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Guy Pearce in Lock-Out

The teaser trailer for the upcoming Guy Pearce vehicle Lockout (formerly Lock-Out) gave us a glimpse at the rogue charm Pearce has mustered up in the lead role, but it didn’t let us in on much of what the movie is actually about. The new full-length trailer over at IGN gives us a bit more of that Pearce sass, but it also lays out pretty much the whole plot. Some of my favorite movies ever take multiple genres and blend them together. Sometimes blending genres creates a tonally weird mess (Cowboys & Aliens), but when you do it right you create something fresh and new out of used parts (Serenity), and it seems like Lockout has some potential to do the latter.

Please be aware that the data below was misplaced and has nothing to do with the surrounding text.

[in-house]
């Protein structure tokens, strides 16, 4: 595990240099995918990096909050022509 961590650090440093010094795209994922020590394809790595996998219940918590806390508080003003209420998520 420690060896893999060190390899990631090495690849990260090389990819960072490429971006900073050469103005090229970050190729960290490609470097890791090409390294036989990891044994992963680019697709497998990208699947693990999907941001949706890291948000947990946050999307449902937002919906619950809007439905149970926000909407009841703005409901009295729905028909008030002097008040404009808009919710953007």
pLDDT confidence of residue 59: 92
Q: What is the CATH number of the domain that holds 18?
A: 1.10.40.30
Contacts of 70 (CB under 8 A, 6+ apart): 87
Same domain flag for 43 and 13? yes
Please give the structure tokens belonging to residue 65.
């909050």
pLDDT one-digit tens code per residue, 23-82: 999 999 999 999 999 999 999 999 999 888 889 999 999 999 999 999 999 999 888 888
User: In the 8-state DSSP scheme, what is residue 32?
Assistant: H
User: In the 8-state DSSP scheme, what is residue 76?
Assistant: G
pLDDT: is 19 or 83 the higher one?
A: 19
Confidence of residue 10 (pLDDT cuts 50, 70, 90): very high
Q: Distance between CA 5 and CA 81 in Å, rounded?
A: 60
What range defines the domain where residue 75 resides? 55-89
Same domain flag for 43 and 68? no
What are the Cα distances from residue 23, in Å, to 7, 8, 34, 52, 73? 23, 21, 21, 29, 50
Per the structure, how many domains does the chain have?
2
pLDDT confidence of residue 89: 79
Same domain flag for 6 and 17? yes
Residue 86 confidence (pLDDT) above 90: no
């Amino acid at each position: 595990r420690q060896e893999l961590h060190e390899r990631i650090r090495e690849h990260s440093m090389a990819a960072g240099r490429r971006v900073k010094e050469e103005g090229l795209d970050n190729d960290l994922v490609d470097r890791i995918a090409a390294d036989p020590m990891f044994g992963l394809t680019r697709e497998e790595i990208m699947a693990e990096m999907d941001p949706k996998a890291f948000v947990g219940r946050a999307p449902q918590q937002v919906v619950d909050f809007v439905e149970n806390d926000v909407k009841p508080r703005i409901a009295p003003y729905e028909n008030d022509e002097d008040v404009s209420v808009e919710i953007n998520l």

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Guy Pearce is one of those actors you keep hoping will become a big star. The man’s been in some fantastic films (Memento, LA Confidential, The Proposition) and almost always gives a stellar performance no matter the size of the role or quality of the movie. But for some reason he’s never quite taken off the way he deserves. Not that he’s been hard up for work… he appeared in HBO’s much-lauded miniseries Mildred Pierce earlier this year and per IMDB has twelve upcoming projects in various stages of development including Ridley Scott’s highly anticipated Prometheus. But before he stars in the alien movie that has absolutely nothing to do with Alien, he’s heading to a far lower profile region of space. Lock-Out is about a convicted criminal (Pearce) who’s given a singular chance at freedom if he can rescue the President’s daughter from the middle of a space station prison riot. The film is the feature directorial debut of James Mather and Stephen St. Leger who also co-wrote the script with the busiest man in France, Luc Besson, so you know if nothing else there’s going to be some fun, logic-free action. The short description makes it sound like the sequel to Escape From New York we should have gotten instead of the abysmal one we did. Check out the teaser trailer below.